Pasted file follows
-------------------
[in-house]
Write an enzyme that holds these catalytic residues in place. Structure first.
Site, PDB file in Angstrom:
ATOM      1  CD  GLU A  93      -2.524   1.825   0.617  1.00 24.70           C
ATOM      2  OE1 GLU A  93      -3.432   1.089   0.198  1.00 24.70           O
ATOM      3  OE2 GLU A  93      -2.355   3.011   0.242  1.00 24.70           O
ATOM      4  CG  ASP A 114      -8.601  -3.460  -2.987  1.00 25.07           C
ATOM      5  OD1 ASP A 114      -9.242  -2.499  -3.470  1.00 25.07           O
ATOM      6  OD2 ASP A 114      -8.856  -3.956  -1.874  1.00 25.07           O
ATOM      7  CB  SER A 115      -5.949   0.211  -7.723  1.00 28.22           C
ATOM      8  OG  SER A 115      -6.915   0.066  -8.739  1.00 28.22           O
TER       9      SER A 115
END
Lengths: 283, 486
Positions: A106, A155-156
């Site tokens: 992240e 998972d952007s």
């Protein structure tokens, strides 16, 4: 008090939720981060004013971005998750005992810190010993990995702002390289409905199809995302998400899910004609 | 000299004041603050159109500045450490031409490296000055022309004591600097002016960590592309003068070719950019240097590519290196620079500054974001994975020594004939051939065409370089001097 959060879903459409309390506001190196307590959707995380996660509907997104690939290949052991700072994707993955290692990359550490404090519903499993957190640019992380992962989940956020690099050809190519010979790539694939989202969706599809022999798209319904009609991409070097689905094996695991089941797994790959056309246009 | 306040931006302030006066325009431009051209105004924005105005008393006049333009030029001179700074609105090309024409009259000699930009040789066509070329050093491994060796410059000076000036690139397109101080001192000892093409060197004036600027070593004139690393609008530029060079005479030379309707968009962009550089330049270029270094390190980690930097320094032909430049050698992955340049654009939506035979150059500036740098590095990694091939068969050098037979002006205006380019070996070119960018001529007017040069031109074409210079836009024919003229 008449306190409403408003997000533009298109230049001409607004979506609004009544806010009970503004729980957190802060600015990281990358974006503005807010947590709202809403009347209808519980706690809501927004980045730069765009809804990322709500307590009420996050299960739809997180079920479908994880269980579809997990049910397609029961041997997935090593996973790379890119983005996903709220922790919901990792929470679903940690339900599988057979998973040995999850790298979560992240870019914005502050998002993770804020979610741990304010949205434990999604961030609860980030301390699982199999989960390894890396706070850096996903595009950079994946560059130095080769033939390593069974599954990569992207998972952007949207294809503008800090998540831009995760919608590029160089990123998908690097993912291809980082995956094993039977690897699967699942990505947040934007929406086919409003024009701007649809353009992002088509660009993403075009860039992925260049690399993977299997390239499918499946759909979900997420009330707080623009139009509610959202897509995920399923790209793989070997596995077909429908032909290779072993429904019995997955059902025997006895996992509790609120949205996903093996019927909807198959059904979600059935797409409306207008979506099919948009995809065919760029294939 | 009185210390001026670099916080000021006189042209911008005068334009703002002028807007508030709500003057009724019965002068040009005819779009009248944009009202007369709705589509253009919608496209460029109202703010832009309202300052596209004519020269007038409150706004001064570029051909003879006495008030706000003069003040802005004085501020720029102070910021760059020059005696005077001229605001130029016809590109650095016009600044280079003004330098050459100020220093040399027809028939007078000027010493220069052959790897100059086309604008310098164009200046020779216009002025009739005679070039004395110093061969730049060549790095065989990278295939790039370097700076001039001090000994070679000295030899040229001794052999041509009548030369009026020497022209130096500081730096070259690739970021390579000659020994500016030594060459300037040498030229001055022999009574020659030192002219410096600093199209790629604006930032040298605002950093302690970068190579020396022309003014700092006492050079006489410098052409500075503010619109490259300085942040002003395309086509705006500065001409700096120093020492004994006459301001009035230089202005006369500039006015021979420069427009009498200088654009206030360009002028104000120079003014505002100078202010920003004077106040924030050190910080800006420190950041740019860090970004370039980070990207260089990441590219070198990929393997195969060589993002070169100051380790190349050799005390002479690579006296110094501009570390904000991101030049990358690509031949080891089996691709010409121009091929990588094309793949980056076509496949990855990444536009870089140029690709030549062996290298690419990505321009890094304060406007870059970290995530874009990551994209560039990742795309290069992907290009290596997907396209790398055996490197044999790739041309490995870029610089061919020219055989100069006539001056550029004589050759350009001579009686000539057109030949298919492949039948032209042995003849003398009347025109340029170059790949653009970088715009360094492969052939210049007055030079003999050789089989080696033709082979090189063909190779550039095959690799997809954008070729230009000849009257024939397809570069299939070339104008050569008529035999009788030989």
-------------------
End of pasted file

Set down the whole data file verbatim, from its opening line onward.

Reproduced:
[in-house]
Write an enzyme that holds these catalytic residues in place. Structure first.
Site, PDB file in Angstrom:
ATOM      1  CD  GLU A  93      -2.524   1.825   0.617  1.00 24.70           C
ATOM      2  OE1 GLU A  93      -3.432   1.089   0.198  1.00 24.70           O
ATOM      3  OE2 GLU A  93      -2.355   3.011   0.242  1.00 24.70           O
ATOM      4  CG  ASP A 114      -8.601  -3.460  -2.987  1.00 25.07           C
ATOM      5  OD1 ASP A 114      -9.242  -2.499  -3.470  1.00 25.07           O
ATOM      6  OD2 ASP A 114      -8.856  -3.956  -1.874  1.00 25.07           O
ATOM      7  CB  SER A 115      -5.949   0.211  -7.723  1.00 28.22           C
ATOM      8  OG  SER A 115      -6.915   0.066  -8.739  1.00 28.22           O
TER       9      SER A 115
END
Lengths: 283, 486
Positions: A106, A155-156
């Site tokens: 992240e 998972d952007s």
């Protein structure tokens, strides 16, 4: 008090939720981060004013971005998750005992810190010993990995702002390289409905199809995302998400899910004609 | 000299004041603050159109500045450490031409490296000055022309004591600097002016960590592309003068070719950019240097590519290196620079500054974001994975020594004939051939065409370089001097 959060879903459409309390506001190196307590959707995380996660509907997104690939290949052991700072994707993955290692990359550490404090519903499993957190640019992380992962989940956020690099050809190519010979790539694939989202969706599809022999798209319904009609991409070097689905094996695991089941797994790959056309246009 | 306040931006302030006066325009431009051209105004924005105005008393006049333009030029001179700074609105090309024409009259000699930009040789066509070329050093491994060796410059000076000036690139397109101080001192000892093409060197004036600027070593004139690393609008530029060079005479030379309707968009962009550089330049270029270094390190980690930097320094032909430049050698992955340049654009939506035979150059500036740098590095990694091939068969050098037979002006205006380019070996070119960018001529007017040069031109074409210079836009024919003229 008449306190409403408003997000533009298109230049001409607004979506609004009544806010009970503004729980957190802060600015990281990358974006503005807010947590709202809403009347209808519980706690809501927004980045730069765009809804990322709500307590009420996050299960739809997180079920479908994880269980579809997990049910397609029961041997997935090593996973790379890119983005996903709220922790919901990792929470679903940690339900599988057979998973040995999850790298979560992240870019914005502050998002993770804020979610741990304010949205434990999604961030609860980030301390699982199999989960390894890396706070850096996903595009950079994946560059130095080769033939390593069974599954990569992207998972952007949207294809503008800090998540831009995760919608590029160089990123998908690097993912291809980082995956094993039977690897699967699942990505947040934007929406086919409003024009701007649809353009992002088509660009993403075009860039992925260049690399993977299997390239499918499946759909979900997420009330707080623009139009509610959202897509995920399923790209793989070997596995077909429908032909290779072993429904019995997955059902025997006895996992509790609120949205996903093996019927909807198959059904979600059935797409409306207008979506099919948009995809065919760029294939 | 009185210390001026670099916080000021006189042209911008005068334009703002002028807007508030709500003057009724019965002068040009005819779009009248944009009202007369709705589509253009919608496209460029109202703010832009309202300052596209004519020269007038409150706004001064570029051909003879006495008030706000003069003040802005004085501020720029102070910021760059020059005696005077001229605001130029016809590109650095016009600044280079003004330098050459100020220093040399027809028939007078000027010493220069052959790897100059086309604008310098164009200046020779216009002025009739005679070039004395110093061969730049060549790095065989990278295939790039370097700076001039001090000994070679000295030899040229001794052999041509009548030369009026020497022209130096500081730096070259690739970021390579000659020994500016030594060459300037040498030229001055022999009574020659030192002219410096600093199209790629604006930032040298605002950093302690970068190579020396022309003014700092006492050079006489410098052409500075503010619109490259300085942040002003395309086509705006500065001409700096120093020492004994006459301001009035230089202005006369500039006015021979420069427009009498200088654009206030360009002028104000120079003014505002100078202010920003004077106040924030050190910080800006420190950041740019860090970004370039980070990207260089990441590219070198990929393997195969060589993002070169100051380790190349050799005390002479690579006296110094501009570390904000991101030049990358690509031949080891089996691709010409121009091929990588094309793949980056076509496949990855990444536009870089140029690709030549062996290298690419990505321009890094304060406007870059970290995530874009990551994209560039990742795309290069992907290009290596997907396209790398055996490197044999790739041309490995870029610089061919020219055989100069006539001056550029004589050759350009001579009686000539057109030949298919492949039948032209042995003849003398009347025109340029170059790949653009970088715009360094492969052939210049007055030079003999050789089989080696033709082979090189063909190779550039095959690799997809954008070729230009000849009257024939397809570069299939070339104008050569008529035999009788030989």